Thousands march in the Southern Colombian town of Pasto to demand land rights and an end to militarization and large-scale mining .
On October 12, 2012, a few days before historic negotiations between the FARC and Colombian government started, thousands marched in the Colombian city of Pasto, Nariño to show their dissatisfaction with the current administration and their desire “to construct peace with social justice.”
...to describe the armed thugs driving hundreds of thousands of people from their homes as businesses hunt for precious minerals.
Joint urgent action request from Colombia Solidarity Campaign, London Mining Network and War on Want. London 6 November 2012
Thousands of Colombians took to the streets of Ibagué, Tolima, yesterday to express their opposition to the proposed AngloGold Ashanti La Colosa gold mine. Here are some photos of the Fourth March/Carnival in Defence of Water and Life.
It’s no secret that Canadian mining companies are fanned out around the world. Conflicts linked to large-scale mining projects have come to the fore as some of the most intense social and environmental struggles in this hemisphere and beyond. But well outside of the headlines, another industry, one that purports to link Indigenous people internationally in order to benefit from resource extraction, has slowly taken off.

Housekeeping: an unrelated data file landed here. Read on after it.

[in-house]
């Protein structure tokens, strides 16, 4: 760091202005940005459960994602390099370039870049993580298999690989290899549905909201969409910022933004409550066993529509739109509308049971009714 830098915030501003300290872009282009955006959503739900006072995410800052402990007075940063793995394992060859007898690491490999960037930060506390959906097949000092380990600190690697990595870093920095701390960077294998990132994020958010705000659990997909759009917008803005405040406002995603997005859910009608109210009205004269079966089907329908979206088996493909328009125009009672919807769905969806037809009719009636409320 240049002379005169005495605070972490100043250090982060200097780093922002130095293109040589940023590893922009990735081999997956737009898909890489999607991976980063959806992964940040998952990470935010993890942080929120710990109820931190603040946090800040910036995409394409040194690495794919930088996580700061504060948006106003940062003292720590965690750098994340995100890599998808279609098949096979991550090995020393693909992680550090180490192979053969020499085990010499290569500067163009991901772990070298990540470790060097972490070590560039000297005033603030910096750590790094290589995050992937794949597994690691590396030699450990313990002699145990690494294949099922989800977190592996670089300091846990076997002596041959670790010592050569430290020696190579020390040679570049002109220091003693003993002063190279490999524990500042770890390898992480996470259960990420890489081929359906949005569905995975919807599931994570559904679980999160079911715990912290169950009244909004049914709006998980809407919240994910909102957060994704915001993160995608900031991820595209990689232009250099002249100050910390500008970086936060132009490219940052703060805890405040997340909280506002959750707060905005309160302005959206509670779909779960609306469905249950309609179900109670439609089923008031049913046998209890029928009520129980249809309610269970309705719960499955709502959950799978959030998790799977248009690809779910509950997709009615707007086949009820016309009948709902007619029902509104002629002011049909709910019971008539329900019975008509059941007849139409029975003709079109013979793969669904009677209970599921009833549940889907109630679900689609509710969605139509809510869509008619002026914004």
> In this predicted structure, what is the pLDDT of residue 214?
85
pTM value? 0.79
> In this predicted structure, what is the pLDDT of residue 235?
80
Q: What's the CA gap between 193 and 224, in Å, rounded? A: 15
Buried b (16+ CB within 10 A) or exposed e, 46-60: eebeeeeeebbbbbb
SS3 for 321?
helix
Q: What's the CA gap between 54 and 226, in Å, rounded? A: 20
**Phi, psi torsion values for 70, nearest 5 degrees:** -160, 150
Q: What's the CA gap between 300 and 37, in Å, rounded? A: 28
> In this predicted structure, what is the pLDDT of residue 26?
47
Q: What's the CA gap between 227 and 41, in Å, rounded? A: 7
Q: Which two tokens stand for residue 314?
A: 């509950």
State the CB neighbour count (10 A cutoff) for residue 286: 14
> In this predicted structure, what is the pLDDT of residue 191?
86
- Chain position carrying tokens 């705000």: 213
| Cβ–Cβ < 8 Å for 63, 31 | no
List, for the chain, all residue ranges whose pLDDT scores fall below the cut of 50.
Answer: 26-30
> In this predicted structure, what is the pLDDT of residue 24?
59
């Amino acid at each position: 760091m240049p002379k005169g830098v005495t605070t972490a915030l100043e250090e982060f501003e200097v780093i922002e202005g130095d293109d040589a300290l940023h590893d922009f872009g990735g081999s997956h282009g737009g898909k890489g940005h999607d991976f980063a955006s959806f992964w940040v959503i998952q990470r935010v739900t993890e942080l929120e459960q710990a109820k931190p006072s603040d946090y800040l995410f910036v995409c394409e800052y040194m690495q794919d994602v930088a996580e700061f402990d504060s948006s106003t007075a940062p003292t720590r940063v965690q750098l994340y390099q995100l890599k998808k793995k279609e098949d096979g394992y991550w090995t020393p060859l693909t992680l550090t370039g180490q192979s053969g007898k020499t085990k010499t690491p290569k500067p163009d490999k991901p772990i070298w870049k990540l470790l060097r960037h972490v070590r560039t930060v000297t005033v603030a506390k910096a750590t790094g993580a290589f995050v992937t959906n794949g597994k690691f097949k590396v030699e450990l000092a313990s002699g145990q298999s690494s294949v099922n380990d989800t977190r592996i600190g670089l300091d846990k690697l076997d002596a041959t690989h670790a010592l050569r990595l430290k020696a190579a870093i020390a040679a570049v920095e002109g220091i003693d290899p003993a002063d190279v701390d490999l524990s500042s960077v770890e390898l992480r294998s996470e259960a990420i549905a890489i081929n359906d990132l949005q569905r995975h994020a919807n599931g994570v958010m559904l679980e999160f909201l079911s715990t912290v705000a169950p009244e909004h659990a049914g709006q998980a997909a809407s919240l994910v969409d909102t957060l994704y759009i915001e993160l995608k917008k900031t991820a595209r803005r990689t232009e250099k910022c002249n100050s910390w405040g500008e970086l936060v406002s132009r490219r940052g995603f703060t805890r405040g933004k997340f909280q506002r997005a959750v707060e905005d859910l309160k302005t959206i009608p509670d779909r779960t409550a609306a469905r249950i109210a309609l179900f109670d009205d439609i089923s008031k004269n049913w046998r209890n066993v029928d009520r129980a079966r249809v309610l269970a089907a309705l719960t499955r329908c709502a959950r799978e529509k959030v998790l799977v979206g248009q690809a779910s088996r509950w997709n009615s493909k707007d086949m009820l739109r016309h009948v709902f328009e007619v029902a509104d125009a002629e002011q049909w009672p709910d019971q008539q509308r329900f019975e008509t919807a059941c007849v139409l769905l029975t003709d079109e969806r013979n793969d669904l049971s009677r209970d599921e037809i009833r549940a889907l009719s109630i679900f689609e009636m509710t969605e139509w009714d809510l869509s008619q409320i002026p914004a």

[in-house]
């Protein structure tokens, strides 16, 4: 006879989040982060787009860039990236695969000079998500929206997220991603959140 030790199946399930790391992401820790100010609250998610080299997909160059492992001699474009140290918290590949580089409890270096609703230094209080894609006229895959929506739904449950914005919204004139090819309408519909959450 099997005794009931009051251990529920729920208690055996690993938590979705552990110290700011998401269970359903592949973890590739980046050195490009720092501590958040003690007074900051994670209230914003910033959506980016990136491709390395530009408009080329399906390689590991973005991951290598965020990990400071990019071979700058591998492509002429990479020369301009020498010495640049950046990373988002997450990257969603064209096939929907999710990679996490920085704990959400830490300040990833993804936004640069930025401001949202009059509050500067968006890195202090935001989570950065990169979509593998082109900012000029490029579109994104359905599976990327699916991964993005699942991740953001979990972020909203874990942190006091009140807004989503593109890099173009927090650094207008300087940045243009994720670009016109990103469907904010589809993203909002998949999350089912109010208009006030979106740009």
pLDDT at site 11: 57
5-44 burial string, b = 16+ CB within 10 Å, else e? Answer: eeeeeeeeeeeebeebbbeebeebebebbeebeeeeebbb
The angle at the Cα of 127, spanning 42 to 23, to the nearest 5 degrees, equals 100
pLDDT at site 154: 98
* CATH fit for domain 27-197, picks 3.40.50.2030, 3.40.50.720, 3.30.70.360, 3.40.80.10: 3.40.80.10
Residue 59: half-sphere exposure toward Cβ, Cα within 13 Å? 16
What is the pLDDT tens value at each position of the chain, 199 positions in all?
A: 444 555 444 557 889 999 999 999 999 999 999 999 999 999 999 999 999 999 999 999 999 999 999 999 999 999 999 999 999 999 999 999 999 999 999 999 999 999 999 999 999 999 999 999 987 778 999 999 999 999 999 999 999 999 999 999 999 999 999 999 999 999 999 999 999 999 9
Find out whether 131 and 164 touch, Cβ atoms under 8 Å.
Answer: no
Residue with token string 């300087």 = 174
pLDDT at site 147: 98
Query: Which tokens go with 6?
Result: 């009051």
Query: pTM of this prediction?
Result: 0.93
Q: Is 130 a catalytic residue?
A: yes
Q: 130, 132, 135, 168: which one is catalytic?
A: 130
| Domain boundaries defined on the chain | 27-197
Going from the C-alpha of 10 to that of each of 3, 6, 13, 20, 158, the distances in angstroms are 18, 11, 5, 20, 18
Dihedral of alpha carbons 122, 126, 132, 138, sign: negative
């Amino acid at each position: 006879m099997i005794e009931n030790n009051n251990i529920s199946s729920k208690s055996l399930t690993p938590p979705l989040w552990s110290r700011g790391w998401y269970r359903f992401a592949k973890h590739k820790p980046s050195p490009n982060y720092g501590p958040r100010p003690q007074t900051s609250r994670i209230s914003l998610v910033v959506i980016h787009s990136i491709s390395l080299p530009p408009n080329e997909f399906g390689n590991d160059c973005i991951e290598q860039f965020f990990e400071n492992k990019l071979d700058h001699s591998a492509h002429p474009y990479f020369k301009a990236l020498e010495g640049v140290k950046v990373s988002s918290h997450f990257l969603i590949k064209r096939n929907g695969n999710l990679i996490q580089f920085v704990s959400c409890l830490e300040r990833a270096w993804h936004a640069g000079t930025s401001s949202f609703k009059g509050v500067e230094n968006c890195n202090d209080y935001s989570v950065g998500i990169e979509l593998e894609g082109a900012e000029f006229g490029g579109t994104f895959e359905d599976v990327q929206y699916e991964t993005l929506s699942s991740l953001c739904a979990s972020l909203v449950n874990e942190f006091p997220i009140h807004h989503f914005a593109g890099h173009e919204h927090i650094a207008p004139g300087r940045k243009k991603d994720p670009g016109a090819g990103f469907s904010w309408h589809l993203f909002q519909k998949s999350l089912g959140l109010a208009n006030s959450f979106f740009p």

CED-INS (Corporación para el Desarrollo y la Investigación Popular – Instituto Nacional Sindical) have launched a newsletter Lands and Conflict: Extractive Industries in Colombia. This is in a context in which, over recent years, huge swathes of land have been handed over by the government to multinationals in the extractive industries sector.
Colombia stands before one of the potentially largest, most diversified mining booms in the world. Untold reserves of gold, coal, copper, silver and other metals and minerals are luring prospectors, geologists and extractive companies—mostly Canadian multinationals, which account for more than half the world's mining activity.
An indigenous leader from the southwest of Colombia has received death threats from paramilitaries, reported local media Sunday.
The leader from the Association of Indigenous Councils of Northern Cauca (ACIN), Feliciano Valencia, was alerted by indigenous authorities Saturday that a group of paramilitaries claiming to be the officially-demobilized AUC (United Self-Defense Forces of Colombia) made threats against his life.